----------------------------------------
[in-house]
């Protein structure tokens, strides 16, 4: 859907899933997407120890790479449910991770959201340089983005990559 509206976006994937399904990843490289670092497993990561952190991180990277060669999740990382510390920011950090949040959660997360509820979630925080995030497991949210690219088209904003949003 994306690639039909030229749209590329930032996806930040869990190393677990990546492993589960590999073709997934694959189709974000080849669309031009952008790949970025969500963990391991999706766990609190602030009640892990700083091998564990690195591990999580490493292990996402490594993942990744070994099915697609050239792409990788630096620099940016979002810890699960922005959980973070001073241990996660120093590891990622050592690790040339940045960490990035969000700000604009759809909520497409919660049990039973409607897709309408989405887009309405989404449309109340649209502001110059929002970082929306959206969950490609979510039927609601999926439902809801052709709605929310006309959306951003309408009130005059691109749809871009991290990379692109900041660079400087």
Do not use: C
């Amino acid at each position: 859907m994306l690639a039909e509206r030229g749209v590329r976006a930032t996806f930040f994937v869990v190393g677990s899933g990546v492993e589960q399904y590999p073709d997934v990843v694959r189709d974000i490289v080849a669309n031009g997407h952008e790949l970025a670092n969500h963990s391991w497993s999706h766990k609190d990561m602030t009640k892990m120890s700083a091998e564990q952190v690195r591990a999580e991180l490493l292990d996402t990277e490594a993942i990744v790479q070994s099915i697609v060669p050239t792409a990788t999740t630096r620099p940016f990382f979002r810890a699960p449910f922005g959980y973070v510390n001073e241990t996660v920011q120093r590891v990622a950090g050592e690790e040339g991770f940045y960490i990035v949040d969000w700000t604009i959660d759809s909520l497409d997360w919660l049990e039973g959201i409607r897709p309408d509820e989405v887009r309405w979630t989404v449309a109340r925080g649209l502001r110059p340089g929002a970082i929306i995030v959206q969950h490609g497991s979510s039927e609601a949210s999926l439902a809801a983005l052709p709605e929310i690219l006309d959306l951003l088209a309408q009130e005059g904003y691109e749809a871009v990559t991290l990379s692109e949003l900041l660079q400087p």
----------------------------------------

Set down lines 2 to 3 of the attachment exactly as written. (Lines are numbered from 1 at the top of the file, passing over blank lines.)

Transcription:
């Protein structure tokens, strides 16, 4: 859907899933997407120890790479449910991770959201340089983005990559 509206976006994937399904990843490289670092497993990561952190991180990277060669999740990382510390920011950090949040959660997360509820979630925080995030497991949210690219088209904003949003 994306690639039909030229749209590329930032996806930040869990190393677990990546492993589960590999073709997934694959189709974000080849669309031009952008790949970025969500963990391991999706766990609190602030009640892990700083091998564990690195591990999580490493292990996402490594993942990744070994099915697609050239792409990788630096620099940016979002810890699960922005959980973070001073241990996660120093590891990622050592690790040339940045960490990035969000700000604009759809909520497409919660049990039973409607897709309408989405887009309405989404449309109340649209502001110059929002970082929306959206969950490609979510039927609601999926439902809801052709709605929310006309959306951003309408009130005059691109749809871009991290990379692109900041660079400087």
Do not use: C